Karoby repeatedly denied Monday that he ever ordered any killings. Asked what he would say to those like Sok Chea who still fear him, Karoby said, “I do not understand why anyone is afraid of me, I did nothing wrong…I killed not one person.”
He also said that to this day he does not even know where Kran Tachan, the local killing field, is located.
He does admit that killings took place however.
“Yes, during that time, many people were killed under false charges. People accused each other wrongly, saying that they were one- or two-star generals under Lon Nol,” he said, although he said he did not know why the Khmer Rouge ordered the killing of all Lon Nol soldiers.
“If I had known that the Khmer Rouge were going to kill many people, I would not have joined. Later it was too late, if I had withdrawn, I and my family would have been killed,” he said.
But those who live with Karoby in their midst dispute his account.
Twenty minutes away at the Tram Kak district killing field, Krang Tachan, the caretaker, said he knew of Karoby during the Khmer Rouge.
“I heard about Karoby in that time. I heard that he was very cruel,” Pel Chhreung, 72, said. “I cannot say from my own eyes that Karoby sent people here, but everyone from this district and from faraway were killed here.”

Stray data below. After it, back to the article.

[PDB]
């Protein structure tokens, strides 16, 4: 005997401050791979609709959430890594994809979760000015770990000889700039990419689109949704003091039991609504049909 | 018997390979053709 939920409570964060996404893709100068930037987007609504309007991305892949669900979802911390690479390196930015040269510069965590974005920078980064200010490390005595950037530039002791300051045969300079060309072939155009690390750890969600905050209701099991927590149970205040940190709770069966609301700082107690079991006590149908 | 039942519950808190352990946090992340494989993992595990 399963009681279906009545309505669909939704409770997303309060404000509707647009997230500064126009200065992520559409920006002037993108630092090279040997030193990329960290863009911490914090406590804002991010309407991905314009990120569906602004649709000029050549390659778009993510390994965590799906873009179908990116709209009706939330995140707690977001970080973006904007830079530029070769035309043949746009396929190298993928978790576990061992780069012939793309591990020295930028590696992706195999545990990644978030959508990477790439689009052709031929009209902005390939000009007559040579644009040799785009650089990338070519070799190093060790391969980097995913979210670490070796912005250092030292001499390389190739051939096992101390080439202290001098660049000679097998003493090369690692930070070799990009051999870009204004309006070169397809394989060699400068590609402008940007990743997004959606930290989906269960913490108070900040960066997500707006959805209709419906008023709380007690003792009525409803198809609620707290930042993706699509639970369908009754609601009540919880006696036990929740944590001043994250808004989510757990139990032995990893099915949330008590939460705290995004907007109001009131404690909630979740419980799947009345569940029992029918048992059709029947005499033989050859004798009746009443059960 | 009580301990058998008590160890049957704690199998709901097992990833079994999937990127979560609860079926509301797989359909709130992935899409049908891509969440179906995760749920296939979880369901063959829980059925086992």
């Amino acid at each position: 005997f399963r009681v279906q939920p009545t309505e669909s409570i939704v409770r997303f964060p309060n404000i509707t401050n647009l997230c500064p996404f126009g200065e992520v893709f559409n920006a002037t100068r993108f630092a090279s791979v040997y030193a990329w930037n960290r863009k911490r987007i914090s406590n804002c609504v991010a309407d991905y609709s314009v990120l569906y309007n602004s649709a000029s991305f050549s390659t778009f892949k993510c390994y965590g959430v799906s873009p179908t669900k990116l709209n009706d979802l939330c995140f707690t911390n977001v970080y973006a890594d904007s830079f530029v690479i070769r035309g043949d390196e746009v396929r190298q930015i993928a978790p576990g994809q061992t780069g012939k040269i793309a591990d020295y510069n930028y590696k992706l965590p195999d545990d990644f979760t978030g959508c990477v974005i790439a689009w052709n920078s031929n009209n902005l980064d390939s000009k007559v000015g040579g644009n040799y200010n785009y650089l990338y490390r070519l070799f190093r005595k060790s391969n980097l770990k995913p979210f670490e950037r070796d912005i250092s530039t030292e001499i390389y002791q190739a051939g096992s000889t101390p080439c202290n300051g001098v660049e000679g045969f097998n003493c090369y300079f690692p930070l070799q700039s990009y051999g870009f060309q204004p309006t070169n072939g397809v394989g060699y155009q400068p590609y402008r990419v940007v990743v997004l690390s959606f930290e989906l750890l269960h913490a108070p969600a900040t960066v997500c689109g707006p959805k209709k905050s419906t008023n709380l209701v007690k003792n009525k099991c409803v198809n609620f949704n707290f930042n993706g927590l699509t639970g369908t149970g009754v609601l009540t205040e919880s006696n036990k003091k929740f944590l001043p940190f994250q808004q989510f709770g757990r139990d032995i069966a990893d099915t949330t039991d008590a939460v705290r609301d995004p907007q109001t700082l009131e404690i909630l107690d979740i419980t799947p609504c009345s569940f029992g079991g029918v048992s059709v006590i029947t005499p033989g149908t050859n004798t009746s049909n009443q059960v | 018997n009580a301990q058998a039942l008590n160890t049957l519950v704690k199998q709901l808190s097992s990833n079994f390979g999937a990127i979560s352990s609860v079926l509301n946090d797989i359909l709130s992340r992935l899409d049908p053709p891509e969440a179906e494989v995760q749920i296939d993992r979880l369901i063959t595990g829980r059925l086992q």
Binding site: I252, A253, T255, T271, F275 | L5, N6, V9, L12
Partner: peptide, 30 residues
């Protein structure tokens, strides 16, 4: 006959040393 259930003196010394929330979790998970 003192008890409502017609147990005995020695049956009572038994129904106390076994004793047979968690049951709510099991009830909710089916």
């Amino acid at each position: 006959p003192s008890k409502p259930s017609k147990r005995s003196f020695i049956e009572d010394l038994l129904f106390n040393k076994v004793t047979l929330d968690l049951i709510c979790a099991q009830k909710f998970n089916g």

Pel Chhreung said 10,000 skeletons were unearthed at the site.
“I used to live across the road,” he said. “Every day for three years, 20 people were killed. They kept them in the prison over there and gave them no food for maybe one month. When they were very weak they killed them in this pit.”
Tol Yim, 73, has served as commune chief in Ta Pein since 1979 and is the man most directly responsible for the uneasy truce between villagers and their former prison-keeper.
“I would like to correct some thing that was said in the film, where Karoby says that he survived because people think well of the good things he did in the Khmer Rouge regime,” he said. “That is not true. Karoby survives because of the policy of the government.”
“In 1981 and 1982, when I was commune chief, people came to me to ask permission to kill Karoby. I told them that we must not,” Tol Yim said.
Tol Yim explained that, today, in a country with just 12 million people, Cambodia does not have the human resources to waste on endless civil conflict and that the country must be developed.
“My idea as an old person is that I do not want to encourage any anger,” he said.
Before the movie was shown, Tol Yim talked to the people to cool their anger. But he does hope that a national Khmer Rouge tribunal will answer some questions.
Under Karoby, Tol Yim, a former Lon Nol soldier, was questioned incessantly as he tried to hide his past. One day a cadre forced him to make a basket to prove he was indeed a farmer. “I thank my parents every day that they taught me how,” he said.
“We want to have the tribunal. Karoby was so powerful in that time. We want to know who gave him that power,” he continued.
But later on Monday, Karoby told a different story. “My district chief may have ordered killings, but I do not know,” he claimed. “I was told to keep order in the commune. They ordered me to raise a security force of 10 to 20 people and to train them… After that I supervised irrigation projects and had meetings about the projects with higher officials.”